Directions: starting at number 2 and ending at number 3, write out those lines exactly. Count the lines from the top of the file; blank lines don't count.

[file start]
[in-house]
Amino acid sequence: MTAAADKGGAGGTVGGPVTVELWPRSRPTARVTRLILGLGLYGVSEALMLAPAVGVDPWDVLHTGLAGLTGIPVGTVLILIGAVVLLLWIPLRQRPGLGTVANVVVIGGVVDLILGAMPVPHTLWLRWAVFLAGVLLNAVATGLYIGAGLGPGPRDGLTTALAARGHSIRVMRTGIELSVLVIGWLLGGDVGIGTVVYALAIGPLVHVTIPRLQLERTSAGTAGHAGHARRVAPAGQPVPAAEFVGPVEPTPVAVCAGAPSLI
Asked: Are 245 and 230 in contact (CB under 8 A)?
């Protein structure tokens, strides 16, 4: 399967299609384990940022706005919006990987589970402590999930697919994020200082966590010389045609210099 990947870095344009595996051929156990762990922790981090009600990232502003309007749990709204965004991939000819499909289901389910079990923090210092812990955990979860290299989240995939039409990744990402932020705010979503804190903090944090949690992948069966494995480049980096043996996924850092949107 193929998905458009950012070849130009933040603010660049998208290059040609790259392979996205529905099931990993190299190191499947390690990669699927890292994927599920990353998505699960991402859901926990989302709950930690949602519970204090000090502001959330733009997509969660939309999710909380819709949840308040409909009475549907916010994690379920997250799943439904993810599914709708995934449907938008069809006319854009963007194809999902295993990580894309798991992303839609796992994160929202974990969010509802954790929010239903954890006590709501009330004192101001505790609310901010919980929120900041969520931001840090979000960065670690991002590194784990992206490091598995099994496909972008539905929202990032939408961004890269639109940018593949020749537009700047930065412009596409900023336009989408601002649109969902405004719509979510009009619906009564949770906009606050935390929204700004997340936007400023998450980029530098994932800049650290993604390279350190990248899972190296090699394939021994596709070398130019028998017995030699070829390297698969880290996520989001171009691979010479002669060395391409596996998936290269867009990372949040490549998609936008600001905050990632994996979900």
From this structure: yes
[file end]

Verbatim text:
Amino acid sequence: MTAAADKGGAGGTVGGPVTVELWPRSRPTARVTRLILGLGLYGVSEALMLAPAVGVDPWDVLHTGLAGLTGIPVGTVLILIGAVVLLLWIPLRQRPGLGTVANVVVIGGVVDLILGAMPVPHTLWLRWAVFLAGVLLNAVATGLYIGAGLGPGPRDGLTTALAARGHSIRVMRTGIELSVLVIGWLLGGDVGIGTVVYALAIGPLVHVTIPRLQLERTSAGTAGHAGHARRVAPAGQPVPAAEFVGPVEPTPVAVCAGAPSLI
Asked: Are 245 and 230 in contact (CB under 8 A)?